(Corrects timeframe of CLSNow launch in paragraph 14)
By Helen Bartholomew
LONDON, Dec 11 (IFR) - Baton Systems, a two-year old fintech firm, is working with two of the largest banks in foreign exchange trading for the Q1 launch of a new payment system.
The system aims to deliver capital and efficiency savings by eliminating a traditional 48-hour pre-funding window and reducing settlement time to under three minutes.
The high-speed payment service, which is already being used by the two banks to settle live trades, recently partnered with NEX Optimisation, the post-trade arm of the former ICAP group, becoming the first third-party service to be incorporated into NEX Infinity platform.
According to Arjun Jayaram, CEO and founder of Baton Systems, banks are under pressure to cut a combined annual US$60bn-$70bn of technology and capital spend associated with post-trade services. And as banks play catch-up with an evolving regulatory landscape, which includes the implementation of MiFID II on January 3, that figure is set to increase unless hefty efficiency savings can be found.
“There are huge capital and operational inefficiencies in post-trade,” said Jayaram. “At the end of the trading day, you have to have cash or other assets move between participants. That movement is slow and expensive.”
That is because bank ledgers are not able to directly communicate with each other, requiring settlement providers to stand in the middle. But trades typically require pre-funding, forcing counterparties to tie up scarce capital up to 48 hours in advance.
Recent attempts to enhance settlement efficiency have tended to focus on blockchain to create a centralised ledger. Baton’s approach is different. Instead of creating a separate ledger, the system acts as a translation tool, enabling individual bank ledgers to communicate with each other directly, for real-time payments.
“A blockchain solution is to use a third ledger, which is changing the definition of money. We don’t think that’s the right way,” said Jayaram. “We integrate into the ledgers on both sides, which means we’re not changing the definition of money or the way that it moves.”
In order for counterparties to reap all the benefits of high-speed settlement, both need to be linked to Baton’s system. Unlike blockchain solutions, however, trades can still settle if only one side is linked to the platform, with both reaping some benefits, such as faster reconciliation.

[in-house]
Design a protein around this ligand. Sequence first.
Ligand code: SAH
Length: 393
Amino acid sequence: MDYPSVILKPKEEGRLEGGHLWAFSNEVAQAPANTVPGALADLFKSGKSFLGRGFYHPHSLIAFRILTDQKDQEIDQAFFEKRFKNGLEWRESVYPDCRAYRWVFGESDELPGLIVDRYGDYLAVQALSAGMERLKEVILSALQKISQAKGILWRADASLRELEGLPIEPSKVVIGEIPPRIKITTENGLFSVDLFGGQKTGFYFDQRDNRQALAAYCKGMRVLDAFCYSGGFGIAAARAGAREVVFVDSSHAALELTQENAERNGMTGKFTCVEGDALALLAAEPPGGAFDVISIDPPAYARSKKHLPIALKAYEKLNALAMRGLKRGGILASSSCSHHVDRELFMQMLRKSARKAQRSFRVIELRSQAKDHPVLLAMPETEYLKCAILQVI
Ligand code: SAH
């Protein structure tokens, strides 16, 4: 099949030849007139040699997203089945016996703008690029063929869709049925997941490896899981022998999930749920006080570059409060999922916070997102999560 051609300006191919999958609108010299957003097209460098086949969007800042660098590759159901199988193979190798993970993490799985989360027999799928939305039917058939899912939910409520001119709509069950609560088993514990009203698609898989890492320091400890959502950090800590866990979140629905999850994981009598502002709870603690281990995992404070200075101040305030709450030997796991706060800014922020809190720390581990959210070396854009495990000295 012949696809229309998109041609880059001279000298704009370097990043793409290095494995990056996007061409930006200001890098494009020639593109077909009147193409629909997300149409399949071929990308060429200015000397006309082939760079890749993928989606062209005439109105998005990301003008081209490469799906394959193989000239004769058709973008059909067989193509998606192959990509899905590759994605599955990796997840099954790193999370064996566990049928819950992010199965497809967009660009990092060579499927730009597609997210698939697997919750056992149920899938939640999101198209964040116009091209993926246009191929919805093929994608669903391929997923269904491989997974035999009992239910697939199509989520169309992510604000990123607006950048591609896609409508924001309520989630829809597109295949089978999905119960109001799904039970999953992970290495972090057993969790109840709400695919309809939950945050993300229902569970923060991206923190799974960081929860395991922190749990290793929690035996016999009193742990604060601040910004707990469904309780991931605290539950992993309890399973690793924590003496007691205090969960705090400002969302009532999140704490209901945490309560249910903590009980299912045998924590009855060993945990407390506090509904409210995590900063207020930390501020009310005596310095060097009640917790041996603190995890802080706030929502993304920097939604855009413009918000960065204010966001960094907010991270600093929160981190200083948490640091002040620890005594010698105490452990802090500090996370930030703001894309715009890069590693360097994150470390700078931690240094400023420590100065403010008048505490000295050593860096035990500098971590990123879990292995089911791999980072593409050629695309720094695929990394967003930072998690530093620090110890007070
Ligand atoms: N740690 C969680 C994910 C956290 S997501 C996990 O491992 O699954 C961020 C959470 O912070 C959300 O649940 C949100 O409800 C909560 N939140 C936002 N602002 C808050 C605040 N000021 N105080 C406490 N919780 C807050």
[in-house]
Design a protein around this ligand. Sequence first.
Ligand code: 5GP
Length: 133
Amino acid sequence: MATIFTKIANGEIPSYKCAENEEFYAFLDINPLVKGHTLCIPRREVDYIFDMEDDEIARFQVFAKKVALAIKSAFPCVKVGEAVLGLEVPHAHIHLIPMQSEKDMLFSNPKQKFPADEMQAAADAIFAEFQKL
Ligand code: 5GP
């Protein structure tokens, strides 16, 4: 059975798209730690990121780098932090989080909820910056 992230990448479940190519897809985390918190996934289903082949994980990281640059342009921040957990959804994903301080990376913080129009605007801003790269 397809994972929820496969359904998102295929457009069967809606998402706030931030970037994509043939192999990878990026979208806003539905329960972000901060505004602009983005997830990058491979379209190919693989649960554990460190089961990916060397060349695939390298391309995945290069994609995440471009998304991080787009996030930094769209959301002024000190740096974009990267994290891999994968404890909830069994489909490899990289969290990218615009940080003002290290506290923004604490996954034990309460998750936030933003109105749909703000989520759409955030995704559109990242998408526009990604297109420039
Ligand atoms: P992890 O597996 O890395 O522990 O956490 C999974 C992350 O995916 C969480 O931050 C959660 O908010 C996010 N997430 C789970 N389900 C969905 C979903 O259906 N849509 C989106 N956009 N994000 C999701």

According to Jayaram, another problem with blockchain is its inability to scale to meet capital markets needs. As such, the firm built its own distributed ledger from scratch.
“You need to be able to handle one billion events a day, but blockchain is two or three orders of magnitude away from that,” said Jayaram. The Baton system can handle 83,000 events per second - equivalent to over 7bn events in a 24-hour period.
According to Jayaram, the system already has buy-in from central banks and the firm has been in talks with regulators.
“They like the fact that we’re not changing the definition of money - we just make it faster and more transparent,” said Jayaram.
Incumbent provider, CLS, is not standing still, however. The FX settlement firm aims to improve efficiency and reduce counterparty risk with the launch of a same-day settlement service, CLSNow. The platform is set to go live in the fourth quarter of 2018, initially for US dollars, sterling, euros, Swiss francs and Canadian dollars.
Although it is not being built with blockchain, CLS is using the technology for its proposed bilateral payment netting service, CLSNet. The service aims to bring standardisation and post-trade efficiency to a broad range of FX trades - both spot and derivatives - in 140 currencies, which currently settle outside of the core CLSSettlement platform.
For Baton, while FX settlement is the focus of the initial launch, the firm is also working with a large broker-dealer and central counterparty clearinghouse on a system that has been shown to reduce post-trade clearing and settlement time, including reconciliation, from 16 hours to under four minutes. (Reporting by Helen Bartholomew)